Lead Stories

The Two-Way
11:25 am
Sat July 4, 2015

Week After Beach Attack, Tunisia Declares State Of Emergency

Tunisian President Beji Caid Essebsi speaks during a forum on strategic planning, in Tunis, in June. Essebsi has declared a state of emergency his office says is aimed at dealing with the threat of Islamist extremists.
Mohamed Messara EPA/Landov

More than a week after a deadly attack by an Islamic extremist at a Tunisian beachfront resort that killed 38 foreign tourists, the president of the North African country has declared a state of emergency.

President Beji Caid Essebsi's office says in a statement that he needed the powers that come with the declaration to more effectively deal with the threat from extremists.

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Interviews
10:38 am
Sat July 4, 2015

Fresh Air Weekend: 'Loving Day'; Cable's Faux Newsmen; 'Dope' Director

Mat Johnson is the author of Pym, Drop, Hunting in Harlem and The Great Negro Plot as well as several graphic novels including Incognegro, Dark Rain and Right State.
Meera Bowman Johnson

Fresh Air Weekend highlights some of the best interviews and reviews from past weeks, and new program elements specially paced for weekends. Our weekend show emphasizes interviews with writers, filmmakers, actors and musicians, and often includes excerpts from live in-studio concerts. This week:

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The Two-Way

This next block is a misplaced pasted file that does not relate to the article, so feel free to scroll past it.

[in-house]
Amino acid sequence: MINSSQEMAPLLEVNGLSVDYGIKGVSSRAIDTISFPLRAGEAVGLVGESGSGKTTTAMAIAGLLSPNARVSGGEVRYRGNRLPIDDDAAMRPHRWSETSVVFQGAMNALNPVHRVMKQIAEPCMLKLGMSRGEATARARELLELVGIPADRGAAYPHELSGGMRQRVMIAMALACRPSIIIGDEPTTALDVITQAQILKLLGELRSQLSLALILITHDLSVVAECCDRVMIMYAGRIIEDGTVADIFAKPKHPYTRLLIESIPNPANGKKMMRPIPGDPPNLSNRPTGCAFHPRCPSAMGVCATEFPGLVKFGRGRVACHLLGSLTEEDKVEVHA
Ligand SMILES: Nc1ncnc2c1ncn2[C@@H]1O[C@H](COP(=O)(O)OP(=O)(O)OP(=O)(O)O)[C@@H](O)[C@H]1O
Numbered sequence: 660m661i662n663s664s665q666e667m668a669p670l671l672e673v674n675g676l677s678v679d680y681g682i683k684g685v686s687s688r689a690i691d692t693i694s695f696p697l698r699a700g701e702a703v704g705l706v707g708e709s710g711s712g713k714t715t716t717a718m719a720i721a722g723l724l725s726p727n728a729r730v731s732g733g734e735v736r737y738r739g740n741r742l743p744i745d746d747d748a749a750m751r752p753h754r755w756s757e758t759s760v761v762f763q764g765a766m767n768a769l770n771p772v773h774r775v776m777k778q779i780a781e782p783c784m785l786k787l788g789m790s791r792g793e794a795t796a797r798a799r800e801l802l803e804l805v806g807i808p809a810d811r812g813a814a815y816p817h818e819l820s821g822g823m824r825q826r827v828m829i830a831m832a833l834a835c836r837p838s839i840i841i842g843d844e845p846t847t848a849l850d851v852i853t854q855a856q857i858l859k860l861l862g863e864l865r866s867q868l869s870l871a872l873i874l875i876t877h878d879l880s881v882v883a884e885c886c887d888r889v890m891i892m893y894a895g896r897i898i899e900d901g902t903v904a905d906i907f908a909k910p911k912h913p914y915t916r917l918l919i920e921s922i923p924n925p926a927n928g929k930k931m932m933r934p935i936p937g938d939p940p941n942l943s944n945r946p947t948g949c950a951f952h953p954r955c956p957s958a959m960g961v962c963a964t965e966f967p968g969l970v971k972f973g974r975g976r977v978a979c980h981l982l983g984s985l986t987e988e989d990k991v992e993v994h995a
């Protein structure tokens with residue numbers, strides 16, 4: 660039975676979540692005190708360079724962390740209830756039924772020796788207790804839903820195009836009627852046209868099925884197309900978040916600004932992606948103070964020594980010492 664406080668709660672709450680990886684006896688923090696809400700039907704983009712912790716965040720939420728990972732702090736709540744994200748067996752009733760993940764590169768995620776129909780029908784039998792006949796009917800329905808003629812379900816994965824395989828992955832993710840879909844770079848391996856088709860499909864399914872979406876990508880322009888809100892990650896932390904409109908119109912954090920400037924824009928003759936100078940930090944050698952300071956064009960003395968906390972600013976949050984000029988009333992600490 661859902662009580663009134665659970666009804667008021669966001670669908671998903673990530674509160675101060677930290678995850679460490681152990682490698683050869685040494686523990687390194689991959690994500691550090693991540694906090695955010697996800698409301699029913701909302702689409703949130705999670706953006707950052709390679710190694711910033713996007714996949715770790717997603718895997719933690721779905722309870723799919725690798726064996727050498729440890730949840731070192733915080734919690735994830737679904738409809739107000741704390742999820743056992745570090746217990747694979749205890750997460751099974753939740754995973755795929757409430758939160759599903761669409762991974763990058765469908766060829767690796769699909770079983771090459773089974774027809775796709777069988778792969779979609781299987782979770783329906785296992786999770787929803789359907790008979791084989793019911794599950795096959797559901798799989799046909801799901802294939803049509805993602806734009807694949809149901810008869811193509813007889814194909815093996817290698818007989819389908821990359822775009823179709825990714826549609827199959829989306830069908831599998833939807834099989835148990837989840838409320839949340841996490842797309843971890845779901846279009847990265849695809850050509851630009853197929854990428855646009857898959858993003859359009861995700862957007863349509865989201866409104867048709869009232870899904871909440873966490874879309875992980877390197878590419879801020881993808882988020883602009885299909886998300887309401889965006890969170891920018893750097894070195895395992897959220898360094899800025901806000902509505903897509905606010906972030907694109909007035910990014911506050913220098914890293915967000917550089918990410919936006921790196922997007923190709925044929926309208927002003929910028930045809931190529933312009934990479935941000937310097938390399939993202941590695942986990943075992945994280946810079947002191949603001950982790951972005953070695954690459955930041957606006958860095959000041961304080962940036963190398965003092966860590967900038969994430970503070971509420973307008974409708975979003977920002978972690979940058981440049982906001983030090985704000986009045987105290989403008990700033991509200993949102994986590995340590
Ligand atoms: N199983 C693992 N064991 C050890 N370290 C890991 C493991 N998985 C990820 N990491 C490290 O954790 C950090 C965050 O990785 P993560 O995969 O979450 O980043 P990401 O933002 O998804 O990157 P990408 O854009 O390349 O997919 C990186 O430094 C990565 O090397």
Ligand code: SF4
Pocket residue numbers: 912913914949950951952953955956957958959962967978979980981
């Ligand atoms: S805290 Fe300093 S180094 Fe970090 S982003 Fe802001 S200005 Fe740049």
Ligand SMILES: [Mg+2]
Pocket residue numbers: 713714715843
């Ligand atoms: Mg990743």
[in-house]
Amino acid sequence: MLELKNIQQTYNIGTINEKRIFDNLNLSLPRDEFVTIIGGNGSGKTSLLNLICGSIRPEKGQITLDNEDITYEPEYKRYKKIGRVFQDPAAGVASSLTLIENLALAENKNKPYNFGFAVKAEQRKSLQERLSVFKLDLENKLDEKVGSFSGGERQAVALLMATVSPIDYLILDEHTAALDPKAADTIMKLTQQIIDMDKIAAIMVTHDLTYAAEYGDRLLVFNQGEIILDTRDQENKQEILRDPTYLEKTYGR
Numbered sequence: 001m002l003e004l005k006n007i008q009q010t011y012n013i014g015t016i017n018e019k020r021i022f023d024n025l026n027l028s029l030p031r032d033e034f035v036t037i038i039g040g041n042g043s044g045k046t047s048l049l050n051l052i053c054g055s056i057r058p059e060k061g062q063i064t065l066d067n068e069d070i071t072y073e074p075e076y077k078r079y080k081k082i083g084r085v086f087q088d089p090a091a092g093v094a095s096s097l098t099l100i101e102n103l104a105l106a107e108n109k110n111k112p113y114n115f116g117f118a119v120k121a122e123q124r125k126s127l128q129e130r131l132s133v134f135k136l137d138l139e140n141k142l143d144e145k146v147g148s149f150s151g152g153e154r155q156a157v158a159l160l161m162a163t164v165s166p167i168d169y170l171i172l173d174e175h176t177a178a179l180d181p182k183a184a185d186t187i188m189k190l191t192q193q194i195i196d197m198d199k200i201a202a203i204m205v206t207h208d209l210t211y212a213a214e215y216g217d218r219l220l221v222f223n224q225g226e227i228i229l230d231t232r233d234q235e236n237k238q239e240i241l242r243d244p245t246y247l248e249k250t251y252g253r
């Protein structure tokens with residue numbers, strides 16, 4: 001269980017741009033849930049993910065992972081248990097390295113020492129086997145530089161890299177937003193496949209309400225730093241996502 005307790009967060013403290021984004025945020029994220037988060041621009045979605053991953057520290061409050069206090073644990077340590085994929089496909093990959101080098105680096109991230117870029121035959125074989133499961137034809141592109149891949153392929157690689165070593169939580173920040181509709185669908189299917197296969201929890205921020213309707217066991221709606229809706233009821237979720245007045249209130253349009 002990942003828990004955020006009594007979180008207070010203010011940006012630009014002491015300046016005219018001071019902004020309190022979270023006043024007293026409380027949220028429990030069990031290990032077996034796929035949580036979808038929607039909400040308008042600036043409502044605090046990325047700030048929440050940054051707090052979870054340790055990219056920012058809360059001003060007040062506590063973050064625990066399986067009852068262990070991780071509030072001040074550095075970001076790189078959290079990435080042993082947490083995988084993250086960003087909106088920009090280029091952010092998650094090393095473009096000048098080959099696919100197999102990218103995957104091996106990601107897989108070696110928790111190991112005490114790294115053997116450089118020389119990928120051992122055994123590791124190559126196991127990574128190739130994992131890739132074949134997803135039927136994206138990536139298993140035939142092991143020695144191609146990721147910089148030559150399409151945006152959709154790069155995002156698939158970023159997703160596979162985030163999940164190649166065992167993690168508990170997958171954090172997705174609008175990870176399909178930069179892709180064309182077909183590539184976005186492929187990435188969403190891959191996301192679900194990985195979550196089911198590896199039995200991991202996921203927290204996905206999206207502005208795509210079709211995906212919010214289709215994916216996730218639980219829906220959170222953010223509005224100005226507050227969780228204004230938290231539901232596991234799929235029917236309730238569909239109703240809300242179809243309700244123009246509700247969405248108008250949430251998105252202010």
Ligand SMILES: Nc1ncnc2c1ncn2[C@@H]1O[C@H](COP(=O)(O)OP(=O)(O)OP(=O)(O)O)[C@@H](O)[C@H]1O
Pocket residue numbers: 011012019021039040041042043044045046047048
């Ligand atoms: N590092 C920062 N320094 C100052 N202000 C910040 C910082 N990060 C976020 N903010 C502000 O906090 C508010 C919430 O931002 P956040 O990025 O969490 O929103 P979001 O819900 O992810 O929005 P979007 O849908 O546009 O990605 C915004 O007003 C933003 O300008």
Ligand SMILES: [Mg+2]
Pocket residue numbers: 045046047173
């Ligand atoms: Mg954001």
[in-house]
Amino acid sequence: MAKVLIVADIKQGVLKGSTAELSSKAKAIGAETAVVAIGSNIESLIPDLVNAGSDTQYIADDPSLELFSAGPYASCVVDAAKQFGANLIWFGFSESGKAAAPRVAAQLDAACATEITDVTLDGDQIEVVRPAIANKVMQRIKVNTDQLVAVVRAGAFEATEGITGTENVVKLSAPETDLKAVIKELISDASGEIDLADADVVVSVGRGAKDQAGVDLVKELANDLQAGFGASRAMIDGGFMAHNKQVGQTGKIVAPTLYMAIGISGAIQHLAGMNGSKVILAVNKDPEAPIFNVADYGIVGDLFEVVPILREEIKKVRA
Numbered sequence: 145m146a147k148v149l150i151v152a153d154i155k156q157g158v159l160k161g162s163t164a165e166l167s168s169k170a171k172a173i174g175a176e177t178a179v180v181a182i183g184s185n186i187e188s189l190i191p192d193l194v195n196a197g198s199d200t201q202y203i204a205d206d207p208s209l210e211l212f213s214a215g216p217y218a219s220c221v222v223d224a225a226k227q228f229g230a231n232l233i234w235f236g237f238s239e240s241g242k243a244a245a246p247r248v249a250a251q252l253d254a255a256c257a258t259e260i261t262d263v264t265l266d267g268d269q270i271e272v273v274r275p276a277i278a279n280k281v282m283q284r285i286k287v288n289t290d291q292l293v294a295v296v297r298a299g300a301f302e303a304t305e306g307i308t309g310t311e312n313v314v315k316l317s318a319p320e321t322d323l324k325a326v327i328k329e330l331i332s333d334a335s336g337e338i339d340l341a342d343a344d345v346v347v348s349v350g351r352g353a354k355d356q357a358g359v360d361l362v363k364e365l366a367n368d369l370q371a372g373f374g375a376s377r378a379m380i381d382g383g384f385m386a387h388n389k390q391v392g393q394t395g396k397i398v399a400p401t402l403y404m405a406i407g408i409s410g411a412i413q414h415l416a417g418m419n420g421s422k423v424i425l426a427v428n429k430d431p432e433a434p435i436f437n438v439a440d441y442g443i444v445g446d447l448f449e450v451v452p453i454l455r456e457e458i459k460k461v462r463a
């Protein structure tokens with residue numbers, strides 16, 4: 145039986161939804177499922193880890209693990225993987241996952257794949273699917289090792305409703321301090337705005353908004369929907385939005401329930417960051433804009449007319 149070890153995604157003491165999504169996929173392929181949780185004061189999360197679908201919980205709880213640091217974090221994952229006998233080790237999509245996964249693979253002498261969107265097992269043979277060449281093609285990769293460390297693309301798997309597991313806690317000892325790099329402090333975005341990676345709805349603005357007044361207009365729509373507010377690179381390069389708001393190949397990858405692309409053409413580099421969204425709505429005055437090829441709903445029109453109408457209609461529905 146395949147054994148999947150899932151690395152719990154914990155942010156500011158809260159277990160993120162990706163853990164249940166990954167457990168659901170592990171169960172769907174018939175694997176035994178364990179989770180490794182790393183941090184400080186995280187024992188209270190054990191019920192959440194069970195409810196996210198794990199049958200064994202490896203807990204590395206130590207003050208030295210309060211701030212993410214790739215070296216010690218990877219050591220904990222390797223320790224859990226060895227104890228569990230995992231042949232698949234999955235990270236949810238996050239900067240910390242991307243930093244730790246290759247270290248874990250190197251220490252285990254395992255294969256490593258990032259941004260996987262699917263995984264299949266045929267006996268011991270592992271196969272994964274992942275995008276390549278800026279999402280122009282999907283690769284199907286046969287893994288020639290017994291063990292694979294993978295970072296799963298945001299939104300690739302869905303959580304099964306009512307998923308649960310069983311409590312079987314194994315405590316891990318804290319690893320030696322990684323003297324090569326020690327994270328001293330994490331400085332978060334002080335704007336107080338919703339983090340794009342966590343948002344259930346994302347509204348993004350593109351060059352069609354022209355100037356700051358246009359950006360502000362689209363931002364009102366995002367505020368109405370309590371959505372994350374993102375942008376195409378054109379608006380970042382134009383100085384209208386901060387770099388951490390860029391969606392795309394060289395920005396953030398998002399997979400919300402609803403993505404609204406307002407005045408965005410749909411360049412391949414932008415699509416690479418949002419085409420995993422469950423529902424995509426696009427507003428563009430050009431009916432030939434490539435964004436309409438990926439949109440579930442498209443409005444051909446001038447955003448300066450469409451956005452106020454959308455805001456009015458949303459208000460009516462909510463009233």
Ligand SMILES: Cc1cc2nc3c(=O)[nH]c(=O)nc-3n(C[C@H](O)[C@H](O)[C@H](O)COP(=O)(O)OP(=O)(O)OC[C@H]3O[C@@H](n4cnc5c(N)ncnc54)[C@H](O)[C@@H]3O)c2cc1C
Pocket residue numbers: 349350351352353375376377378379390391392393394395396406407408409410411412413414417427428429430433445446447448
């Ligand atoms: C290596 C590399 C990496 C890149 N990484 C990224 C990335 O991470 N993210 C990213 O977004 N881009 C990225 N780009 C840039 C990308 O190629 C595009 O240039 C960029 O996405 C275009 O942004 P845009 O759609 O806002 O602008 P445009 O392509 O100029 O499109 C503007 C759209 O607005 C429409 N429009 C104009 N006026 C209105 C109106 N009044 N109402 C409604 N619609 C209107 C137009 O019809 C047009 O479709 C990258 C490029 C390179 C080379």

9:36 am
Sat July 4, 2015

Lawrence Herkimer, The Father Of Modern Cheerleading, Dies At 89

Originally published on Sat July 4, 2015 10:18 am

Three cheers for Lawrence Herkimer, who did more than anyone to transform cheerleading into an art, a science and a multi-million dollar business.

He died of heart failure on Wednesday in Dallas at age 89, according to his family.

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NPR History Dept.
9:25 am
Sat July 4, 2015

When America's Librarians Went To War

American Library Association volunteers in Paris Feb. 27, 1919
Courtesy of the University of Illinois Archives

Looking back at the nationwide support for American troops in World Wars I and II, we see Americans of all stripes making patriotic contributions and sacrifices – farmers, factory workers and librarians.

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Author Interviews
8:40 am
Sat July 4, 2015

An Outsider In Buenos Aires Goes Incognito, For Love Of Tango

Lydia Thompson NPR

Originally published on Sat July 4, 2015 10:04 am

In the dirty, crowded, and impoverished immigrant barrios of Buenos Aires of 1913, a 17-year-old girl arrives with little more than some clothes and her grandfather's violin.

Her name is Leda, and she's the character at the heart of Carolina de Robertis' third novel, The Gods of Tango.

Leda, an Italian girl, was sent for by her cousin-husband, but widowed before her ship even lands in South America. She soon finds comfort and excitement in a new kind of music that's filling the city's courtyards, bars and brothels: the tango.

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